Explaining how The Processes of Explanation Live On

Our digital event on the processes of explanation came to a conclusion on Friday. The series of 6 posts covered various aspects of the special issue of the Psychonomic Bulletin & Review, guest edited by Andrei Cimpian and Frank Keil, that was dedicated to the psychology of explanations. However, this does not mean that the […]

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It’s Tricky to Build an Explanation Machine – Let’s Fix That

What’s stopping scientists from building a machine that provides sensible explanations? Let’s be clear: what we need is a machine that explains simple matters, not free will or the plot of Inception. For instance, how would you respond if I asked you why apples don’t grow underground? Perhaps you’d say, “Because apples are a type […]

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Towards Understanding Real World Explanation: When Explanation meets Argumentation and the Death of Expertise

Explanation matters. Explanation is a central part of coming to an understanding of the world around us. So it is no surprise that the question of what makes “a good explanation” has been a long-standing interest of philosophers, in particular philosophers of science. Their work, in turn, has influenced and motivated psychologists interested in everyday […]

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The Process of Explanations: Context For This Week’s Digital Event

Explanations are crucial to our cognitive lives because they inform our understanding of the world, structure our concepts, and guide our actions. Yet, the processes that underlie explanation remain largely unknown: How do people generate, evaluate, and use explanations? Answering this question is a major challenge, since even a rough specification of the processes involved […]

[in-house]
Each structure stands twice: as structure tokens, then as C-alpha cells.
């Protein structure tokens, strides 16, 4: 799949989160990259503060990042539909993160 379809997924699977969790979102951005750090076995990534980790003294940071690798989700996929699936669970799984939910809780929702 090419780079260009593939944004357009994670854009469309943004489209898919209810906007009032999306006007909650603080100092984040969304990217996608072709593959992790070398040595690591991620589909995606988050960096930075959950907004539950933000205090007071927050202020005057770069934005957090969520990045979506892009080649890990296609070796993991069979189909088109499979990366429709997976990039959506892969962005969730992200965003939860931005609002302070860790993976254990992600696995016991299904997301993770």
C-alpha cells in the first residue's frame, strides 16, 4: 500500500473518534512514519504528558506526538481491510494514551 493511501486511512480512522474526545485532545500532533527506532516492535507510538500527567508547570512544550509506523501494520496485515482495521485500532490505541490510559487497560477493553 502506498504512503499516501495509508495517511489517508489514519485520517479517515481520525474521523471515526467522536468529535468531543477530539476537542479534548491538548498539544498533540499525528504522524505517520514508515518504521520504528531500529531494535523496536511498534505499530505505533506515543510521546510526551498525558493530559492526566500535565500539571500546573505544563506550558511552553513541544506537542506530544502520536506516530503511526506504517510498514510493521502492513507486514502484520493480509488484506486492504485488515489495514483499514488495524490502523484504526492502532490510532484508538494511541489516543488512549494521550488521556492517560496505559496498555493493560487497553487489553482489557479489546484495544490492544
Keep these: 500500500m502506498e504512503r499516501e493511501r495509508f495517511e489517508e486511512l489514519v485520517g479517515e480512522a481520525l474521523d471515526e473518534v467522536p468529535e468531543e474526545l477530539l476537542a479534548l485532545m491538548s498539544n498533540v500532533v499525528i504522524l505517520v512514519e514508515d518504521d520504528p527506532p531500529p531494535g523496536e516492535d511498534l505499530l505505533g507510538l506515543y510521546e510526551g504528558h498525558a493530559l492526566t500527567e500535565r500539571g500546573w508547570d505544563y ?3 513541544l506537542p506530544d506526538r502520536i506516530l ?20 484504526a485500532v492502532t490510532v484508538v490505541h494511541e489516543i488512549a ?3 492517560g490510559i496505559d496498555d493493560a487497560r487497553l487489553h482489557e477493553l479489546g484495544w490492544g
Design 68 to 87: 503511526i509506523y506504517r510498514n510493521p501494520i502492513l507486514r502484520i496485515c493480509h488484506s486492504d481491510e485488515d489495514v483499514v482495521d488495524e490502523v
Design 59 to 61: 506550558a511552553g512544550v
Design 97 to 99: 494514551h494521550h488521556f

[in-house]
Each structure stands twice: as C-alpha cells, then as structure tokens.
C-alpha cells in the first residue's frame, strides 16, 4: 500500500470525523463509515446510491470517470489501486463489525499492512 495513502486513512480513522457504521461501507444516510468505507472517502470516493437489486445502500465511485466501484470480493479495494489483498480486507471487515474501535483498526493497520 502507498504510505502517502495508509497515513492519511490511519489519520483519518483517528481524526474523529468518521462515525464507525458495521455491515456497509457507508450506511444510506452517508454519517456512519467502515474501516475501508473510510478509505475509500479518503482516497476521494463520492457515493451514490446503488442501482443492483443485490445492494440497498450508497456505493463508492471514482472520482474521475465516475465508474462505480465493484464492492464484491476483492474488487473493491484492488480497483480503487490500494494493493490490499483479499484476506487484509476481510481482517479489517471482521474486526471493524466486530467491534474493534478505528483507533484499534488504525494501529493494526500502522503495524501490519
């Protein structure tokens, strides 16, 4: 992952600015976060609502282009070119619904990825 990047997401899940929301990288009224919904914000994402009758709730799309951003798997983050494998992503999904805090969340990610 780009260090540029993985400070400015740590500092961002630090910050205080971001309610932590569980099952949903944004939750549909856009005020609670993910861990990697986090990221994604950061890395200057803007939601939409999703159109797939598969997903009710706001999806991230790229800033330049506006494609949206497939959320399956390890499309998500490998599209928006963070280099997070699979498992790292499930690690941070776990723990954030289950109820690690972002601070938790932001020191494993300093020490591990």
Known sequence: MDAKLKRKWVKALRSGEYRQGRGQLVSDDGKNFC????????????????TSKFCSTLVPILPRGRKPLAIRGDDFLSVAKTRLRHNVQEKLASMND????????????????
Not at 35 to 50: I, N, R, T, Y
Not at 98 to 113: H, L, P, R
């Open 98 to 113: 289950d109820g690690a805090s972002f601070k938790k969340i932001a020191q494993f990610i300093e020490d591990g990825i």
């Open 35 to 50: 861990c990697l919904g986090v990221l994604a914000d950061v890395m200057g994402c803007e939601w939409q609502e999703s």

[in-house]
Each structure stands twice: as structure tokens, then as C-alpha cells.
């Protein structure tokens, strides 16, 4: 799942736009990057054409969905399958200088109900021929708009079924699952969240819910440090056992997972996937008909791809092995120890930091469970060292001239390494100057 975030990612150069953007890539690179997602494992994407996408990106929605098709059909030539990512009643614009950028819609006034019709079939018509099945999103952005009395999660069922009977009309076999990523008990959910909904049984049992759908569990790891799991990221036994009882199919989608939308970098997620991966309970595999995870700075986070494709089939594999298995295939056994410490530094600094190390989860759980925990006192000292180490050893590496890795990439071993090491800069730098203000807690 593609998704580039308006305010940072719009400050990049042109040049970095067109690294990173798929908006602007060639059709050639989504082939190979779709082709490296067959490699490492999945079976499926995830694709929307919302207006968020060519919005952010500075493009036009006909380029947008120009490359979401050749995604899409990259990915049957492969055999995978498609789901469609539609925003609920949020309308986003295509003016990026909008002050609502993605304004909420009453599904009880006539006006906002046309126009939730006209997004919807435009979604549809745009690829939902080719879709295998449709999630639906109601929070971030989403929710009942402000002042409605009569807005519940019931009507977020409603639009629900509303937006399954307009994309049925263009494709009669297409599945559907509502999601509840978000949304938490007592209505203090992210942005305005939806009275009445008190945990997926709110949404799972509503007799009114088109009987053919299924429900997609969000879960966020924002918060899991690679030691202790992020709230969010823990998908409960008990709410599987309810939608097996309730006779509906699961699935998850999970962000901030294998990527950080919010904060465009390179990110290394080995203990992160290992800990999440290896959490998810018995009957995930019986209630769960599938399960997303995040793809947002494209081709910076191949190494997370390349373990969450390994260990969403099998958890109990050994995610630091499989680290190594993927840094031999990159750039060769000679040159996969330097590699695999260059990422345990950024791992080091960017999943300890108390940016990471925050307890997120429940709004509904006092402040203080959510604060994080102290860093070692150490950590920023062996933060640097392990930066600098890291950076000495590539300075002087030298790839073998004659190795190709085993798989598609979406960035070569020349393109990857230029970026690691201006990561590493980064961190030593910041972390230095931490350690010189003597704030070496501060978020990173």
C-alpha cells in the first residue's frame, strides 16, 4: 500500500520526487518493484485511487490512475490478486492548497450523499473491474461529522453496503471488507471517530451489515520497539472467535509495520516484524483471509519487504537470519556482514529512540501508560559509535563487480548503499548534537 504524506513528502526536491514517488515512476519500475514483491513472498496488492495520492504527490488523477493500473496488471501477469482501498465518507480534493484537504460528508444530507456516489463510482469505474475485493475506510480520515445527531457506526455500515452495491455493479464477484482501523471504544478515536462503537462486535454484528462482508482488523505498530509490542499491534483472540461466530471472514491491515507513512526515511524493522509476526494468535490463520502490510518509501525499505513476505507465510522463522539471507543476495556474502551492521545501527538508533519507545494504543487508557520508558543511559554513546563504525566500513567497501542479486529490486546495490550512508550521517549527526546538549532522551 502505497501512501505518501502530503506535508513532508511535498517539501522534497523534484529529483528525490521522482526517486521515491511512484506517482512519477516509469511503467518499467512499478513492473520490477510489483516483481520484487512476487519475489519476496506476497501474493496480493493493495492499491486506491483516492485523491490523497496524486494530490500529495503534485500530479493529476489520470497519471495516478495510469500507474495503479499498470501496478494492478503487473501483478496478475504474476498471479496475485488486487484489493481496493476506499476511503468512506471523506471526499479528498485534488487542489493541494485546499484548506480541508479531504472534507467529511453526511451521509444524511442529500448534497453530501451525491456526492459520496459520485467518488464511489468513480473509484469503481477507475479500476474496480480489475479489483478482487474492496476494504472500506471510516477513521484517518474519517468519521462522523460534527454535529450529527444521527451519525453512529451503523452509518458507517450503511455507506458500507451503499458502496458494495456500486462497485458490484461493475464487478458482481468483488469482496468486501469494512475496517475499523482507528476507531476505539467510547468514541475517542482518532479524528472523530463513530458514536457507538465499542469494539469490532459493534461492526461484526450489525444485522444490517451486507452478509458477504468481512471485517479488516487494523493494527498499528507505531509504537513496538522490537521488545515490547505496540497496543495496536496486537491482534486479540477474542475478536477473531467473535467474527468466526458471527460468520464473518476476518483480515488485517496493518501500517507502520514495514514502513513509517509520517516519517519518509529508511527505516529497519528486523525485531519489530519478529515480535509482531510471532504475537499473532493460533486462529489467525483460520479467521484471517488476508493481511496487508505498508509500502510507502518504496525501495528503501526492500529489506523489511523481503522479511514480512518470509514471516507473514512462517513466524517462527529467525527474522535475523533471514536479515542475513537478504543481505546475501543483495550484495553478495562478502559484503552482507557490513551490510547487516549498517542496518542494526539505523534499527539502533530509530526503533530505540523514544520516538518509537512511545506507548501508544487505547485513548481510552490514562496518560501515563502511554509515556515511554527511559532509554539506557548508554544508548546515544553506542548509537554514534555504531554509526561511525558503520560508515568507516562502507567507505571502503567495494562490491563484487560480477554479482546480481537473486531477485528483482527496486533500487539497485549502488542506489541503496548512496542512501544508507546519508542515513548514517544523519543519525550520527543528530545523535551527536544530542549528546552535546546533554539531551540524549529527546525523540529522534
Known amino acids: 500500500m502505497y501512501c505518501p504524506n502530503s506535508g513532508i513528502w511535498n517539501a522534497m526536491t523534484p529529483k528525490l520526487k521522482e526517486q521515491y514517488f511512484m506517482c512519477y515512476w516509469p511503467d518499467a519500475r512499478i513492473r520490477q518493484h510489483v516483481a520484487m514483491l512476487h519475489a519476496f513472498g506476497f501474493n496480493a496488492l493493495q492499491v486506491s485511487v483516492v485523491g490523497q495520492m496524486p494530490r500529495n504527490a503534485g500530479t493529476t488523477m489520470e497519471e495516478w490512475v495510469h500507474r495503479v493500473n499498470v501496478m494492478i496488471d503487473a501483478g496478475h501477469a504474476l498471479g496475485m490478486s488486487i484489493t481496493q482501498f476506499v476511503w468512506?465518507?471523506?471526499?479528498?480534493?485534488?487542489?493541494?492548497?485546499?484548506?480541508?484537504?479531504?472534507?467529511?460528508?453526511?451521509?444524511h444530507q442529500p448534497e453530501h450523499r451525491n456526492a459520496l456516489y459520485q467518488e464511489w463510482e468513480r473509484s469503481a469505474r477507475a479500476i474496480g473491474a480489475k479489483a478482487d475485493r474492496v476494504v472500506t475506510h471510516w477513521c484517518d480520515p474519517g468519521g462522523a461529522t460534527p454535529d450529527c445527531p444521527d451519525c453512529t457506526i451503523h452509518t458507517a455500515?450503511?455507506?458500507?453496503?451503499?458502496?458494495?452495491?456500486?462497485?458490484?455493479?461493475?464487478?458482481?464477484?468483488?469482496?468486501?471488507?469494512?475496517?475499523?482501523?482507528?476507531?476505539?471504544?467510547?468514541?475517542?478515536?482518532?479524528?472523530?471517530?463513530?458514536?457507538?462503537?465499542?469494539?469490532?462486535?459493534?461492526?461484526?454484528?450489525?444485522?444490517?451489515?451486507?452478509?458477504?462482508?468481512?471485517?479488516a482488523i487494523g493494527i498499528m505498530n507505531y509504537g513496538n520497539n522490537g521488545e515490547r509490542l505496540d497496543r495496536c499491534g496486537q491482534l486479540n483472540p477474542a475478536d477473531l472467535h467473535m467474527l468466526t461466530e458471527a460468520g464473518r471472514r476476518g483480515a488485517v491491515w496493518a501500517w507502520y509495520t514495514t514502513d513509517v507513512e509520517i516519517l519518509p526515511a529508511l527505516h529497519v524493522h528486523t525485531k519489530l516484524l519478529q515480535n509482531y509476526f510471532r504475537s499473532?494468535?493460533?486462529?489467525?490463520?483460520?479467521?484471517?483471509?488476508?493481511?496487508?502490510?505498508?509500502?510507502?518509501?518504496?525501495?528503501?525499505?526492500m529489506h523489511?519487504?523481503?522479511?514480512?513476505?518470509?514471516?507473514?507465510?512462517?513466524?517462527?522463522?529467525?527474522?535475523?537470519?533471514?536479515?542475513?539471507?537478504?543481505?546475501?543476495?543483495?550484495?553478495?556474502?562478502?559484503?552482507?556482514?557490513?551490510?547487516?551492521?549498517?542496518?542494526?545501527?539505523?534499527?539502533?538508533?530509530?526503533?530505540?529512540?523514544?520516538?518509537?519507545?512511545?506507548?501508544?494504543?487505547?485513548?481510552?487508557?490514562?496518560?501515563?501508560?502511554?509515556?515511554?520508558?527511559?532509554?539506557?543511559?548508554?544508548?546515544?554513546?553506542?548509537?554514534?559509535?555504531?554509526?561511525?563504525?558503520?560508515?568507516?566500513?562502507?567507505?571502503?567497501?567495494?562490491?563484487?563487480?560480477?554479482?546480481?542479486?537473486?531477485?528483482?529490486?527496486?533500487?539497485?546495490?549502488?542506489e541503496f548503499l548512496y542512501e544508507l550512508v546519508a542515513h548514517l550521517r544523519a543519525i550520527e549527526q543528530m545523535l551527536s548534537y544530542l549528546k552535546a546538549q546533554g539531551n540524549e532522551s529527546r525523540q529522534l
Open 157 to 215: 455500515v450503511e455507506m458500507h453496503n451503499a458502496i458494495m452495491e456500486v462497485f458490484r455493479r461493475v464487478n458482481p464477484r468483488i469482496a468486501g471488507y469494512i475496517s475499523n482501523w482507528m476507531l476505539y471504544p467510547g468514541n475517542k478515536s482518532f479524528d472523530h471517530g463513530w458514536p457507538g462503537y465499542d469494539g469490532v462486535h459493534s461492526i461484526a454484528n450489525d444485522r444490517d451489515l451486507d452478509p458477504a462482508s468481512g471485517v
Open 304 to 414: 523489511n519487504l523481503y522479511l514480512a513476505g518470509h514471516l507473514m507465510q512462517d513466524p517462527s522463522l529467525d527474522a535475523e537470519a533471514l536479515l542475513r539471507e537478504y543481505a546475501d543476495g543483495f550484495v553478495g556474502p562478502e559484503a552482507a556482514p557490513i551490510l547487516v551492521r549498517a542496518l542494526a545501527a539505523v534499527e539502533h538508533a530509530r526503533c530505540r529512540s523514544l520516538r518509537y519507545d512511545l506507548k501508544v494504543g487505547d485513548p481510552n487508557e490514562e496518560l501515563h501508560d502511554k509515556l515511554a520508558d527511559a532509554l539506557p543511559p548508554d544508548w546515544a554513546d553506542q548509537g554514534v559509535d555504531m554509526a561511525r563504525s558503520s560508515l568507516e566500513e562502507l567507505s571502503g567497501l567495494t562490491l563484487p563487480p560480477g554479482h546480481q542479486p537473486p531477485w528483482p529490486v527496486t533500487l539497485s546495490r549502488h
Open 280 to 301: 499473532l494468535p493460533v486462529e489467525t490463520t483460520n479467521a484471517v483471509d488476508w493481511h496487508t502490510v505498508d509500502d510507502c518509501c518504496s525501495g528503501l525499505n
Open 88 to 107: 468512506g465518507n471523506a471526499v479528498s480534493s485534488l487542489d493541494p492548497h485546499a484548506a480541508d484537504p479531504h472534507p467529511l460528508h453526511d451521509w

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The NIH Clinical Trials Issue (continued): A good try but we still have a problem

The NIH has posted a new version of Case 18. If that sentence means nothing to you, you might want to visit my post from last week, “Basic research can be open and transparent without being a clinical trial” in which I summarized the problem with the NIH’s plan to label much of human behavioral […]

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Grandma, where’s Waldo? Comparing Goal-directed and Habit-based Attention in Older Adults

Visual search can be a very daunting task, whether it’s looking for keys among a pile of office supplies on a desk, or looking for a dime among a bunch of coins in your purse. It seems like no matter how many times you have checked and re-checked certain locations, the object of your affection […]

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Asking questions like an Italian: Get quick answers with your hands

What’s the first thing that comes to mind in response to “Italian”? Lots of things probably, from Lamborghini to cannelloni and Bertolucci. Perhaps you also thought of how Italians talk. Even if we don’t speak Italian, we probably know that Italians do a lot of talking with their hands: in case you have any doubt, […]

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